Reprinted from The Jewish Religion: A Companion, published by Oxford University Press.
Rabbi Eliezer ben Hyrcanus (C.40-120 CE) was one of the five most distinguished disciples of Rabban Johanan ben Zakkai, later to become one of the leading rabbinic figures of his day and teacher of Rabbi Akiba. The Mishnah records around 300 laws in the name of Rabbi Eliezer. The difficulty to be faced in attempting to reconstruct the life of Rabbi Eliezer is that he is, like all the other early rabbinic figures, a hero of Jewish legend, from which it is far from easy to disentangle the facts.
It is surprising that practically all the historians accept at face-value the Talmudic story (Bava Metzia 59b) that, in a certain case, Rabbi Eliezer held fast to his opinion even against the majority ruling and even against a voice that came from heaven, as a result of which he was placed under the ban. Very curious is the story told of Rabbi Eliezer that he was falsely accused of heresy because he had once heard a saying, of which he approved, recorded by a disciple of Jesus.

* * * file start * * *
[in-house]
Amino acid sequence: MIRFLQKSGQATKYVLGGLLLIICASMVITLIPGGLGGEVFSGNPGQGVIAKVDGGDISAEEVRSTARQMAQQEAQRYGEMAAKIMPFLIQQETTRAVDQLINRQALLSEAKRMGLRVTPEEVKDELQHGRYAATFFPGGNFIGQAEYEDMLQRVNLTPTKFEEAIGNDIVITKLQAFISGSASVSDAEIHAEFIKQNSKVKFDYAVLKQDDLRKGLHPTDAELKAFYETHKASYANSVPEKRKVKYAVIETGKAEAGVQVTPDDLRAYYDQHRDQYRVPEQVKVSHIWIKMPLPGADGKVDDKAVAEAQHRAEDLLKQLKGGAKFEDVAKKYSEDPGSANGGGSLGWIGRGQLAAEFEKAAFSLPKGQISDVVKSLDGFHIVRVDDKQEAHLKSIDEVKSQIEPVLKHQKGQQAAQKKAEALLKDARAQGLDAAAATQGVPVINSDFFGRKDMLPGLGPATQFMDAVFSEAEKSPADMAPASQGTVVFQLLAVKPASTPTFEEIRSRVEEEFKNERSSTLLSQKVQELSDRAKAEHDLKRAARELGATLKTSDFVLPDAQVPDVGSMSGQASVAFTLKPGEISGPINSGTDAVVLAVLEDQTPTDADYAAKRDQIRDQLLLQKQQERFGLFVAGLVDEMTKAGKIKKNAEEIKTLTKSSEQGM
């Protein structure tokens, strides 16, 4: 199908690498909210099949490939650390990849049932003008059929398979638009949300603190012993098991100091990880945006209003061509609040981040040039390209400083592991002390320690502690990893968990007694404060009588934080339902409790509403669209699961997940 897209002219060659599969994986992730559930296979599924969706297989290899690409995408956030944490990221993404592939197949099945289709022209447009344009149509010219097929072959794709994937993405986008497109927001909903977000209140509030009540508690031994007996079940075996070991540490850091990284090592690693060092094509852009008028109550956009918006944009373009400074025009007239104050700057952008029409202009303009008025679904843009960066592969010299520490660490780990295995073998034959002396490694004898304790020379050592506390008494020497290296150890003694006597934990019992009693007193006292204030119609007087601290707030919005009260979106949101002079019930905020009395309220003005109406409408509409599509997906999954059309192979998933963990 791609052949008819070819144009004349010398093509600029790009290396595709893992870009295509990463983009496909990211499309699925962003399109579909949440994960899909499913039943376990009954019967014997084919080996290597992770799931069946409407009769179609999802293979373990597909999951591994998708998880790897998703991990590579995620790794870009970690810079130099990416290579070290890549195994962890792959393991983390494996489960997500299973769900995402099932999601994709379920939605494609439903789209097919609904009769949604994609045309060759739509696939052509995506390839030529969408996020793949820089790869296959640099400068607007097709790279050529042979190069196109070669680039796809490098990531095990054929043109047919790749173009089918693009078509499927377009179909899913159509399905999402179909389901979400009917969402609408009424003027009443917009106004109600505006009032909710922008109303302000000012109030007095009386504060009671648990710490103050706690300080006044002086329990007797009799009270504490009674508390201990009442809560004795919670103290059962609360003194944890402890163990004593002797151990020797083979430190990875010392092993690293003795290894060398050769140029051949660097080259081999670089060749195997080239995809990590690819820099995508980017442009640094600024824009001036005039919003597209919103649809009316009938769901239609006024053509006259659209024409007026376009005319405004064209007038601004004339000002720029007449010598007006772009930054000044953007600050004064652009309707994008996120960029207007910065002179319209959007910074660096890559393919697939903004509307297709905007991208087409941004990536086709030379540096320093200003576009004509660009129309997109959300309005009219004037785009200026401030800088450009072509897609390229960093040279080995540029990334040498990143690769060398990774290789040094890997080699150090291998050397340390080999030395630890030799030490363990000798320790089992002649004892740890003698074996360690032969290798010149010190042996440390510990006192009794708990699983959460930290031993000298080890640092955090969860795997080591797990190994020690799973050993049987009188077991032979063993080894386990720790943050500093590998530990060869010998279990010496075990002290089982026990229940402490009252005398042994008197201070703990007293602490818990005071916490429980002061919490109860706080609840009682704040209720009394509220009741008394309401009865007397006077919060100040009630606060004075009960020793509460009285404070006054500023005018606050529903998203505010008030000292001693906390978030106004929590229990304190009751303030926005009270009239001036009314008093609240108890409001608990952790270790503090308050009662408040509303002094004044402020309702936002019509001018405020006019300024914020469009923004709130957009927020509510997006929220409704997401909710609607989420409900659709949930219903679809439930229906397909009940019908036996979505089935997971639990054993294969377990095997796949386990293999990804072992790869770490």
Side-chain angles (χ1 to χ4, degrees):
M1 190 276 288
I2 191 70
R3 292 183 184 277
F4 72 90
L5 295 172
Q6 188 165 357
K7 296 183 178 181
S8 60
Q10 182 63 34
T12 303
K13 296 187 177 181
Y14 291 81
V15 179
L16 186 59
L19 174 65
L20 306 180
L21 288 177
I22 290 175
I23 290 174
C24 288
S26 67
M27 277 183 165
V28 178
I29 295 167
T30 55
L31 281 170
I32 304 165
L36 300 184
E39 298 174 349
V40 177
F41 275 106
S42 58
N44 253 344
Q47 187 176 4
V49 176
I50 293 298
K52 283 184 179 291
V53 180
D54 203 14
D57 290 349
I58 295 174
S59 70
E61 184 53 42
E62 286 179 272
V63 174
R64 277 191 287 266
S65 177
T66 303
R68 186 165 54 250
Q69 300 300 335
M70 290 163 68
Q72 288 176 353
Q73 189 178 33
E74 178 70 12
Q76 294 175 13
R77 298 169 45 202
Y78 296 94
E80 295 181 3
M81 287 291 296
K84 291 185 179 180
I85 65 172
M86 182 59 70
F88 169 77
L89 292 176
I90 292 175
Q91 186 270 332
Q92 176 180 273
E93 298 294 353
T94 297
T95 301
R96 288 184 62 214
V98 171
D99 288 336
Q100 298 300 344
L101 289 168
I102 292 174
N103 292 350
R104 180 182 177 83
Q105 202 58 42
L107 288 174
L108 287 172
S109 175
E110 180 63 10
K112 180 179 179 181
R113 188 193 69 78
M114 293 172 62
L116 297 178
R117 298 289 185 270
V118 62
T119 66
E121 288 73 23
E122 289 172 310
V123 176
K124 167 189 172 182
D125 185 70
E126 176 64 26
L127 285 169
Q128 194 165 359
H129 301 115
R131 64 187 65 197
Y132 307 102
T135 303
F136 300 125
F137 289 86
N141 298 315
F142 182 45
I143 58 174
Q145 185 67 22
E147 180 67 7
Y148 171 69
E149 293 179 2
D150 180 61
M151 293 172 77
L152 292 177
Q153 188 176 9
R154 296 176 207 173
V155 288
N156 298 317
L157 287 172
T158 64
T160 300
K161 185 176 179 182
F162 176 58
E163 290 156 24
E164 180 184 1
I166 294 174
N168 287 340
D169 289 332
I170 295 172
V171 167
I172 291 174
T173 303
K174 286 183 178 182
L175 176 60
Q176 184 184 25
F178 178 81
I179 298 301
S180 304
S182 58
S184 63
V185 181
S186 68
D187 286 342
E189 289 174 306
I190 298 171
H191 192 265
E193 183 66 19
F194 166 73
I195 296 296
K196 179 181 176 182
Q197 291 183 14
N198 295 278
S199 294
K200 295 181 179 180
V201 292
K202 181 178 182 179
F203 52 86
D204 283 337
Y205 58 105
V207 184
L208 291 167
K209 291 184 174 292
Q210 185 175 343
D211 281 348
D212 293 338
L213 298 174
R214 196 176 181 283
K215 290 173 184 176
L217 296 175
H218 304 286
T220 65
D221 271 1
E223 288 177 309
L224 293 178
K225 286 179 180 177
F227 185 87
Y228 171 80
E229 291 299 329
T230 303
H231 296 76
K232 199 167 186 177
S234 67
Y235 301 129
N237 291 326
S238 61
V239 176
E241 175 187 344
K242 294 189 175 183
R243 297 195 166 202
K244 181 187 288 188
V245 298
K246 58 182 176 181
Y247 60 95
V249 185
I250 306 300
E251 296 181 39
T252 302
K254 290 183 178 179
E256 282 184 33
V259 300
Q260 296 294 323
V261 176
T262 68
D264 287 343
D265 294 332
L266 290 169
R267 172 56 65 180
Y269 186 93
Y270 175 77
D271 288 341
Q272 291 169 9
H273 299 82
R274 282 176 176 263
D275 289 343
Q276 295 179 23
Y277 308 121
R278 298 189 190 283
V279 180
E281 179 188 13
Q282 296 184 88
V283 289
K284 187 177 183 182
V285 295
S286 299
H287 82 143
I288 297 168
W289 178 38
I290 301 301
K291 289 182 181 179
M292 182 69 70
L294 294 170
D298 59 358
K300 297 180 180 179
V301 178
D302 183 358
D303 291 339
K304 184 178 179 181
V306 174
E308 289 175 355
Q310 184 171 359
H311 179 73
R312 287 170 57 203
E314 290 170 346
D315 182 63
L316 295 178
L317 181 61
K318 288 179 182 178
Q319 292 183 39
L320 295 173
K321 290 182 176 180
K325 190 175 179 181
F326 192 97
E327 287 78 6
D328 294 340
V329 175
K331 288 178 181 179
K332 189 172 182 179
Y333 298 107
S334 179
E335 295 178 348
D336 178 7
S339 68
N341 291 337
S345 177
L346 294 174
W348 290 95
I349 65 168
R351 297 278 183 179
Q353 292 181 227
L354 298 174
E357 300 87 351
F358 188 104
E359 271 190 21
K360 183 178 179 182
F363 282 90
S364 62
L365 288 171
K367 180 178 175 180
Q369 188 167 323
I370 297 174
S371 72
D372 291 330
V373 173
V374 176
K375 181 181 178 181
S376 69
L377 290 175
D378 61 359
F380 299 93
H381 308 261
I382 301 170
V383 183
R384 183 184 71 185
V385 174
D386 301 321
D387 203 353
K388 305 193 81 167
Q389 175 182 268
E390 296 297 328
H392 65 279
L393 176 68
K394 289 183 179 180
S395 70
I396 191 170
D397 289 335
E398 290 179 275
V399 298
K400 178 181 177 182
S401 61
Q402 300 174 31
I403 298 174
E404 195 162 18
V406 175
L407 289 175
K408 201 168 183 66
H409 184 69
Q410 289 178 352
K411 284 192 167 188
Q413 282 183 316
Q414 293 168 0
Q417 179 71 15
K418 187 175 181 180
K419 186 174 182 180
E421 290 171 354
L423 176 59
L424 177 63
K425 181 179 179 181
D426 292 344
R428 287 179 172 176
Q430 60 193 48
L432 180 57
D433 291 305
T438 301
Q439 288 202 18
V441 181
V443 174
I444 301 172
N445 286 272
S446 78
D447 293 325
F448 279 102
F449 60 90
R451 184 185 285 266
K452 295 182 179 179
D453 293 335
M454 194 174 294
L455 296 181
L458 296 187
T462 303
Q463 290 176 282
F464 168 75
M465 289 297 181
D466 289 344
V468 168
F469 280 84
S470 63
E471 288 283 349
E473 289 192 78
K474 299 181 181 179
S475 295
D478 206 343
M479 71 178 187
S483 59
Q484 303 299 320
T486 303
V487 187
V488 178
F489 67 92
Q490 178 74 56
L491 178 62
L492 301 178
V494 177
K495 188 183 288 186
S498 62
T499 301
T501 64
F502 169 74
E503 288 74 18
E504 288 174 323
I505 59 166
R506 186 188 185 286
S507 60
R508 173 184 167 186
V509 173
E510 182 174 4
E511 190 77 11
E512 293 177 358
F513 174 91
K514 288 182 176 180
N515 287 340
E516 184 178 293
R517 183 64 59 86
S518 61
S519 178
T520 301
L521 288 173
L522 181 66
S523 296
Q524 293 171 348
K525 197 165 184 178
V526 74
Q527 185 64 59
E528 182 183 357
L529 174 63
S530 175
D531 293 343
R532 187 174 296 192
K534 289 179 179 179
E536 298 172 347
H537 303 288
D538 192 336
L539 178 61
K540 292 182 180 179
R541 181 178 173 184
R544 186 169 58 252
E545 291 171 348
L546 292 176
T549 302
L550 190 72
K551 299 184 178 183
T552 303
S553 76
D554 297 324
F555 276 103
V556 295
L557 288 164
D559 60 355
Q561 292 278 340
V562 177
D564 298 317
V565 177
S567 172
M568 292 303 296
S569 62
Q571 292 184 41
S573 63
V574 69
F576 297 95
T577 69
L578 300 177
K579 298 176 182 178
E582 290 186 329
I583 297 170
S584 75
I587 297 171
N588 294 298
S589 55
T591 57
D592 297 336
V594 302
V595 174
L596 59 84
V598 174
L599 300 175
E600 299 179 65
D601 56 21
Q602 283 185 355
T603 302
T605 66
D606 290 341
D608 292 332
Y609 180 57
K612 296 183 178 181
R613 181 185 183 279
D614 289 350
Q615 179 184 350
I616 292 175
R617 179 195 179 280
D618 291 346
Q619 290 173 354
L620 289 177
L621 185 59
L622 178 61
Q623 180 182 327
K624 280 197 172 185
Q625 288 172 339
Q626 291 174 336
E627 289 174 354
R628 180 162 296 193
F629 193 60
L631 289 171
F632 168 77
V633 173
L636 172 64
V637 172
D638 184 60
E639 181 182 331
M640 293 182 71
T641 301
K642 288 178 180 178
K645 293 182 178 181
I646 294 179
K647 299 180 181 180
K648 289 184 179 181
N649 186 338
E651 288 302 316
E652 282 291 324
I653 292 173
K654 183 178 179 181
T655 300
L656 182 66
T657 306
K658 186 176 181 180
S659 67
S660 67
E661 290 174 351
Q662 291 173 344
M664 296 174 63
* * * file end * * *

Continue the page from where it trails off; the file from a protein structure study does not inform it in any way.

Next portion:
The truth is that these stories are very late and were told possibly centuries after Rabbi Eliezer so that, at the most, the only conclusion that can be drawn from them is that Rabbi Eliezer, for all his great learning, may have been viewed at times with a degree of suspicion. Yet Rabbi Eliezer is one of the most revered of the Tannaim, the teachers who flourished in Palestine in the first two centuries CE, and he is often called “Rabbi Eliezer the Great.”
Pronounced: MISH-nuh, Origin: Hebrew, code of Jewish law compiled in the first centuries of the Common Era. Together with the Gemara, it makes up the Talmud.